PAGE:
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Thread: Do you create a "story" for your maps?

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      NedS298 is offline
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    Default Do you create a "story" for your maps?

    Does anyone in this forum create a kind of "back-story" for their maps? Whether it's elaborate or simple, whether it's focused on human interaction or geological history, whether you write it or just think it up, does anyone do this? And if so, how?

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      Naima is offline
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    I developed my map thinking of possible human interactions , mimicizing possible starting locations similar to modern day earth and i agine how cultures could eventually have differently evolved .
    A book I am reading that sugests this is guns germs and steel .

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      J.Edward is offline
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    I almost always have a story that goes with maps. Or I quickly form one as I'm drawing it.
    It may just be backstory material or it may be a fuller more involved story with characters.
    To me, just my personal opinion here, a map without a story is a picture without meaning.
    I'm sure that might elicit strong opinions in some but what is the purpose of a map? If not to help give information and meaning to something.
    And if there is nothing behind the map then to what does it give meaning?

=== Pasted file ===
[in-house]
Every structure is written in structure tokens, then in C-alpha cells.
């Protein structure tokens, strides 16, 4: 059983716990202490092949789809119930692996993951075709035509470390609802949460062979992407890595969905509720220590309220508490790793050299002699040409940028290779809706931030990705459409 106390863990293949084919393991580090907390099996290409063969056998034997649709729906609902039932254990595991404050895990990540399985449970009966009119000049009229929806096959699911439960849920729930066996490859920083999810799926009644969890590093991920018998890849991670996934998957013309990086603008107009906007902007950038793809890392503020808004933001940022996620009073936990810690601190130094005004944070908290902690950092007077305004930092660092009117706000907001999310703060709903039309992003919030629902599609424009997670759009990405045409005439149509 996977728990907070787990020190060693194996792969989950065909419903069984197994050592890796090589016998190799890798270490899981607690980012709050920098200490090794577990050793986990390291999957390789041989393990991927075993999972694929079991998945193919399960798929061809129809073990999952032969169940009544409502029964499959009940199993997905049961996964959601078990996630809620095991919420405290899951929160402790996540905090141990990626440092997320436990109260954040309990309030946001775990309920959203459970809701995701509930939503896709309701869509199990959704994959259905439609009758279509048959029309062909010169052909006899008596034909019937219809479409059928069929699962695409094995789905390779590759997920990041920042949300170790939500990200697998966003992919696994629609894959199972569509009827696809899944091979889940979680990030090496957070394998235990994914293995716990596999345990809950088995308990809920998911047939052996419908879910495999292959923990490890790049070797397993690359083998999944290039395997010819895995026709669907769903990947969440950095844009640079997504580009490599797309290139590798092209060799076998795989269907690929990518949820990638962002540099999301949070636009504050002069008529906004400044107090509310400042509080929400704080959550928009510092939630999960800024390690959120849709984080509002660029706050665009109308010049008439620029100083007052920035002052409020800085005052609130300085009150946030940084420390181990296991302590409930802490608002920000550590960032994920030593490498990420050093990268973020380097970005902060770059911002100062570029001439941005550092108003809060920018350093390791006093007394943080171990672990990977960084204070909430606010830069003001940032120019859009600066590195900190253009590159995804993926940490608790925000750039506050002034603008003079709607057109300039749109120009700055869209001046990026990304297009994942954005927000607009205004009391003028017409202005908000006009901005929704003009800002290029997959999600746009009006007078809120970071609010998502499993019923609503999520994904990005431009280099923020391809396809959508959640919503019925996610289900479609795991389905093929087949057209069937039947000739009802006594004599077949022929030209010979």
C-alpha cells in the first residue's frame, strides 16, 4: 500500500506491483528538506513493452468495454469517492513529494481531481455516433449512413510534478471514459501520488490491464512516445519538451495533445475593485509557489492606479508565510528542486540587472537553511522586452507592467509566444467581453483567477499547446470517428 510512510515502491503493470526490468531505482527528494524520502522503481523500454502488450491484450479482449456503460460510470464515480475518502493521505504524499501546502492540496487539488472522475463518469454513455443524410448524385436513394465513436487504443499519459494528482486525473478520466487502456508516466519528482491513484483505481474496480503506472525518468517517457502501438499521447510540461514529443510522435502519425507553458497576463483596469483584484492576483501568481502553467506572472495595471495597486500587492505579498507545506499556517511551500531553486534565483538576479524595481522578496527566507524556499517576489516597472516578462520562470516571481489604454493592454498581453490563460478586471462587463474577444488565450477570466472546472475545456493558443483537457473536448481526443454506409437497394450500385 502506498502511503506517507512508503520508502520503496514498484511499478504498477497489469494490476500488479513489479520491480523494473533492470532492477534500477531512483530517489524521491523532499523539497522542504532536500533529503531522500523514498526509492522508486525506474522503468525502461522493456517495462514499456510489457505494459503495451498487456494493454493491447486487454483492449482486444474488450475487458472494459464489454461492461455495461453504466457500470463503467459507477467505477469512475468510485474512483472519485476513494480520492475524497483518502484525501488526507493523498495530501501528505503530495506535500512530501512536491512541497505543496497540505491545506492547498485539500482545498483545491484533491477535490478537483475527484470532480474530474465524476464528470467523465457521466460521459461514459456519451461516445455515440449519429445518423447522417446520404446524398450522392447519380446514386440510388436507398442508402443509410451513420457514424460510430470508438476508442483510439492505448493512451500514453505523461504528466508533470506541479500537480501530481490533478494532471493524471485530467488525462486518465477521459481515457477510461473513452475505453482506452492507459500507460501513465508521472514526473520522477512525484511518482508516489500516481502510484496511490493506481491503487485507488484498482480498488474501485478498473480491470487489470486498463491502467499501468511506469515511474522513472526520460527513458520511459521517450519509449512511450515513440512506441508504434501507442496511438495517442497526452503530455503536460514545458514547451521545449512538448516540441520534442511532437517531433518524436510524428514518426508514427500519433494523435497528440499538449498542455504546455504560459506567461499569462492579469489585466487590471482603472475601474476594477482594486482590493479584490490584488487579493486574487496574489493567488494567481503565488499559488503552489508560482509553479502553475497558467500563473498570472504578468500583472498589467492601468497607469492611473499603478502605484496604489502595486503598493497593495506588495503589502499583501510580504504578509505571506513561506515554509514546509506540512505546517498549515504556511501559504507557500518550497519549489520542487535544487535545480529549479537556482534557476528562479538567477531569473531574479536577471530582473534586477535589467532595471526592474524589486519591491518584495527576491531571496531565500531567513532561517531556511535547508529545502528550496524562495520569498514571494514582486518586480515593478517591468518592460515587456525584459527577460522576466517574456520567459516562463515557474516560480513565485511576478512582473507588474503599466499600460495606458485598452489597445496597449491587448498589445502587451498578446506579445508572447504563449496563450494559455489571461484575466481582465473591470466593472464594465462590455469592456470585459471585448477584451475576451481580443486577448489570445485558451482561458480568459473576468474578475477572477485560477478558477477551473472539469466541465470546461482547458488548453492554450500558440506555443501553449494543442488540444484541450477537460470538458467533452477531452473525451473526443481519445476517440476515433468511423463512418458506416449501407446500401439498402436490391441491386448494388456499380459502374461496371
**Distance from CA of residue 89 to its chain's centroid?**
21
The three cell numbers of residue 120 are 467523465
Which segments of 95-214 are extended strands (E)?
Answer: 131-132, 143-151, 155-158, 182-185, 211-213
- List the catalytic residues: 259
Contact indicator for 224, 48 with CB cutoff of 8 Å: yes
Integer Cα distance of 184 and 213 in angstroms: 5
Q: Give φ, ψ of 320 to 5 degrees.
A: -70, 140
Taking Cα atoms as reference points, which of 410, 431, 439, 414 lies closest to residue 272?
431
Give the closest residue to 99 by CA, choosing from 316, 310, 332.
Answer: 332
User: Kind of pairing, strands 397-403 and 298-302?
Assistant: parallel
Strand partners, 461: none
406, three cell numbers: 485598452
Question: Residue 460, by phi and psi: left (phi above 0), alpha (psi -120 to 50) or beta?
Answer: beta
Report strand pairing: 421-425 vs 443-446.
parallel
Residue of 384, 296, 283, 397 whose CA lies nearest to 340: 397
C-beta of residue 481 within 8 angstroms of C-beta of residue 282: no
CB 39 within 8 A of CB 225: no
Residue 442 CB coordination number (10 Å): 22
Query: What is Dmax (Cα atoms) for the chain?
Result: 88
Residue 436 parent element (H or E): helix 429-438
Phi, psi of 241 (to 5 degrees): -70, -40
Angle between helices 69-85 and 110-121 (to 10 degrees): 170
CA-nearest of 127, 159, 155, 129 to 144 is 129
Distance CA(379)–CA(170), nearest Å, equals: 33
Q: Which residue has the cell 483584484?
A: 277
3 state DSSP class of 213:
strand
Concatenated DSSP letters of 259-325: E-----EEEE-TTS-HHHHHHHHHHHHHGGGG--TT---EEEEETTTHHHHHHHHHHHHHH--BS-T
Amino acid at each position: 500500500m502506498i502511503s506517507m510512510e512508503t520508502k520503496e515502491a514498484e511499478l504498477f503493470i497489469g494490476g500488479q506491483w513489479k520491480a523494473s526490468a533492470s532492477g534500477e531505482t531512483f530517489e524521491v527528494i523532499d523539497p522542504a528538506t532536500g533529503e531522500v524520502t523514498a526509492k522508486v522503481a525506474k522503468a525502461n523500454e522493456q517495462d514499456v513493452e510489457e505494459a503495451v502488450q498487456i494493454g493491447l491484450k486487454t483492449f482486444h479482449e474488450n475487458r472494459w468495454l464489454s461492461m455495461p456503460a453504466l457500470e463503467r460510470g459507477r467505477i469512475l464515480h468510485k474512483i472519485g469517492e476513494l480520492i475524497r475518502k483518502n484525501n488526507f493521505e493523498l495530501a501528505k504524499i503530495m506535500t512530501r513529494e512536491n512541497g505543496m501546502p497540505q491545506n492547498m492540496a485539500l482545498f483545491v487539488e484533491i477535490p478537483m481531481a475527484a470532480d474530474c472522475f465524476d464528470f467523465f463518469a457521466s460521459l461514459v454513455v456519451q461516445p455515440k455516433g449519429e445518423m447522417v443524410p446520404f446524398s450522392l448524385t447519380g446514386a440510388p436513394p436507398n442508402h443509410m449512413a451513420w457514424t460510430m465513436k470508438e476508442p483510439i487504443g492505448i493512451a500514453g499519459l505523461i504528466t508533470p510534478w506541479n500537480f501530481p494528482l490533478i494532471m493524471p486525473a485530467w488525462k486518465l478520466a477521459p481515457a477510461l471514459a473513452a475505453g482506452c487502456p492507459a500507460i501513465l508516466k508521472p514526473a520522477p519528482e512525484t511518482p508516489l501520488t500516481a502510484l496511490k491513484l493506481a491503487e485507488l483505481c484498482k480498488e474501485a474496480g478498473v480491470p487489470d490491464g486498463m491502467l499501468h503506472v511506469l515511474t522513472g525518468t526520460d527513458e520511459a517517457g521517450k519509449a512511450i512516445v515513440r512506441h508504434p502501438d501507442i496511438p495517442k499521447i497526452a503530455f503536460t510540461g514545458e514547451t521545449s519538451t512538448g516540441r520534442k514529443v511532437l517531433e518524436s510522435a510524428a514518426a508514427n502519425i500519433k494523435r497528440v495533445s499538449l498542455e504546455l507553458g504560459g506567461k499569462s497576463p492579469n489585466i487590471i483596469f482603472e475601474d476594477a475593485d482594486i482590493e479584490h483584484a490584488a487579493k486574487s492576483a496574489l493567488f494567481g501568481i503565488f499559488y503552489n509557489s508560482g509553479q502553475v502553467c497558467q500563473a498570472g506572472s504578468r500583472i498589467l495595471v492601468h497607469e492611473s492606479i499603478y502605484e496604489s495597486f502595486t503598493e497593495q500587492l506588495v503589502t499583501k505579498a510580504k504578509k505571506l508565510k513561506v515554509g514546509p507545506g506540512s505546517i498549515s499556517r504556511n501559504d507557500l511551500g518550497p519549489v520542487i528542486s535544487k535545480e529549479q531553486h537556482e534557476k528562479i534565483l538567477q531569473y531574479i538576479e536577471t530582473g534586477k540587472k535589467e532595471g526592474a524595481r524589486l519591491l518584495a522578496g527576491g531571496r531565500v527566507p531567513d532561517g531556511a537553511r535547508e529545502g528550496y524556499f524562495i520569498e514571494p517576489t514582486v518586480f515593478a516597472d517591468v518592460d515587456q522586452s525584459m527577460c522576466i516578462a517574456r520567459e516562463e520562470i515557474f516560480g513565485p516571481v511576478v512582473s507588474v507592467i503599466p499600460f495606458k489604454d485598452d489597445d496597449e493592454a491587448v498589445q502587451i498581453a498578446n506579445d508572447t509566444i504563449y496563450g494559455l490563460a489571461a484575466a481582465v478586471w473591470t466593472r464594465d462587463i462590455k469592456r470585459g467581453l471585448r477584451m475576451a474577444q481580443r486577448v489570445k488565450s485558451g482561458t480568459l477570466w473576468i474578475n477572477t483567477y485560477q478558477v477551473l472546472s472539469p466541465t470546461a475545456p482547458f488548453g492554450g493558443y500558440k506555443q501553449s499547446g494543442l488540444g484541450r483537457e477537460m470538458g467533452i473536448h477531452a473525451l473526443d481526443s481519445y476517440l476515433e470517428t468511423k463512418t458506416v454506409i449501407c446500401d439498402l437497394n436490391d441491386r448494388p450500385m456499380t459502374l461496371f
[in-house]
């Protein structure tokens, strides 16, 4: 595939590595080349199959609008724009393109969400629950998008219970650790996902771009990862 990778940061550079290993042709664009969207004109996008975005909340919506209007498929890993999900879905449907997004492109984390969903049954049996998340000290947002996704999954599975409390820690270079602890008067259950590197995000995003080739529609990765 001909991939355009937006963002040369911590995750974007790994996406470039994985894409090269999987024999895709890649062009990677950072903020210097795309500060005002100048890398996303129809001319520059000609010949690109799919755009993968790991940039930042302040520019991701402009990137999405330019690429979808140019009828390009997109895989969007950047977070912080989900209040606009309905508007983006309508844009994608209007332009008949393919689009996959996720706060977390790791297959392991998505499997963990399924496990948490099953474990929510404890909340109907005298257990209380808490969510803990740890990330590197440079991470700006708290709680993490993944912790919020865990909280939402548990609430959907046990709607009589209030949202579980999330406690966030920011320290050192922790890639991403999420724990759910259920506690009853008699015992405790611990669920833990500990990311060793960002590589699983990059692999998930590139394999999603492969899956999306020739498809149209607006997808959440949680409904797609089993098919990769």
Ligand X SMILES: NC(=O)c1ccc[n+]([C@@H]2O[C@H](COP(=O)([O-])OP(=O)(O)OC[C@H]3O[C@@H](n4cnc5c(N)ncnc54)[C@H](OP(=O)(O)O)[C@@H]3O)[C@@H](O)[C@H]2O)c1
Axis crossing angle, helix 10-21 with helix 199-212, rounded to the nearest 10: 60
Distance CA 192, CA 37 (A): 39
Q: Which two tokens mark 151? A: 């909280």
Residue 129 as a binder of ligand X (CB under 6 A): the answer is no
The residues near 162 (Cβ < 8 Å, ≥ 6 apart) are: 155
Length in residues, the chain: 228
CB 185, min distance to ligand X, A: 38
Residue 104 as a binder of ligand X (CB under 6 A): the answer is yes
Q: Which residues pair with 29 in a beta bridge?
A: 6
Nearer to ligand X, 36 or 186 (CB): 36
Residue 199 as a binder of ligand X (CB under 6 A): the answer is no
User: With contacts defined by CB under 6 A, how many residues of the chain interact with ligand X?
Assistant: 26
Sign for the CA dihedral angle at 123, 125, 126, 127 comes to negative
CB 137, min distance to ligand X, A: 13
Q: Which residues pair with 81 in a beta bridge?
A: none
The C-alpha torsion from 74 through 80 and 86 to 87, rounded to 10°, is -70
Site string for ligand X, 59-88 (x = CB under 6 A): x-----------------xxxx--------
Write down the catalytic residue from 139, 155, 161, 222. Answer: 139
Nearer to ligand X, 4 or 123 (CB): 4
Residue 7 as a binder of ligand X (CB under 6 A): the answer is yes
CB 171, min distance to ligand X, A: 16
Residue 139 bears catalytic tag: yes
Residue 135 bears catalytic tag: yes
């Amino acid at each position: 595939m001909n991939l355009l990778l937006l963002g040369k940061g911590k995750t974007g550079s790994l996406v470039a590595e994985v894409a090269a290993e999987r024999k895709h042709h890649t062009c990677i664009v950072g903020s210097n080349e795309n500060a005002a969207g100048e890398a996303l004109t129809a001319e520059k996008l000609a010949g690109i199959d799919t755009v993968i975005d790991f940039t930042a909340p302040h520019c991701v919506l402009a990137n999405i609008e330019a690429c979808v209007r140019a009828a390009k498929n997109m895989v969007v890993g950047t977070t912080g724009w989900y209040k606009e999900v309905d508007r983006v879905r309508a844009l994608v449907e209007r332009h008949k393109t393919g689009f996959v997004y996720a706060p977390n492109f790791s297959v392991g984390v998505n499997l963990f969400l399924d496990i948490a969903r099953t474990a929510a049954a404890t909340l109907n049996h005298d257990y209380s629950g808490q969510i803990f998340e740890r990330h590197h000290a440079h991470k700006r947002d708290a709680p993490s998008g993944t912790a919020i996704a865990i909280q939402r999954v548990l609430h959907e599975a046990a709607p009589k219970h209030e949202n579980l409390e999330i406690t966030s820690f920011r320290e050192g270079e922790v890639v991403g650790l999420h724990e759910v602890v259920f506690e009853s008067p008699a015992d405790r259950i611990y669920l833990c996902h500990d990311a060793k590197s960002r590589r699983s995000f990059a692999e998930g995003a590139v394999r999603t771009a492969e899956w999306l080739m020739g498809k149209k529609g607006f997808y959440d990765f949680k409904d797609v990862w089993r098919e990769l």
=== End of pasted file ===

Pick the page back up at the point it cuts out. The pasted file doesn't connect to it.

That doesn't mean the map can't still be a beautiful rendition of style.

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      waldronate is offline
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    For many people, maps are support for the story. The very essence of a map is that it's made for a client for a specific reason. The client and the reason determine what goes on the map, how it looks, and so on. If you are your own client (isn't there a lawyerly saying along those lines?), then you alone determine why you're doing the map and what goes on it. It's possible to have software generate many, many pictures per hour that look like maps. But are they truly maps?
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      Azelor is online now
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    I would say that about half of my maps where either historical one or alternate history.
    For the others, yes, I generally come with some story elements. But I only got in geology, climates, etc; just on my personal map.

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      Larb is offline
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    Unless it is something purely for practice purposes, all my maps have some kind of story behind them. It also helps me build the map because I know where certain things should be and why.

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      Chashio is offline
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    I often do think up something while working on a map, though it's very rare that I actually write any of it down... but I probably should.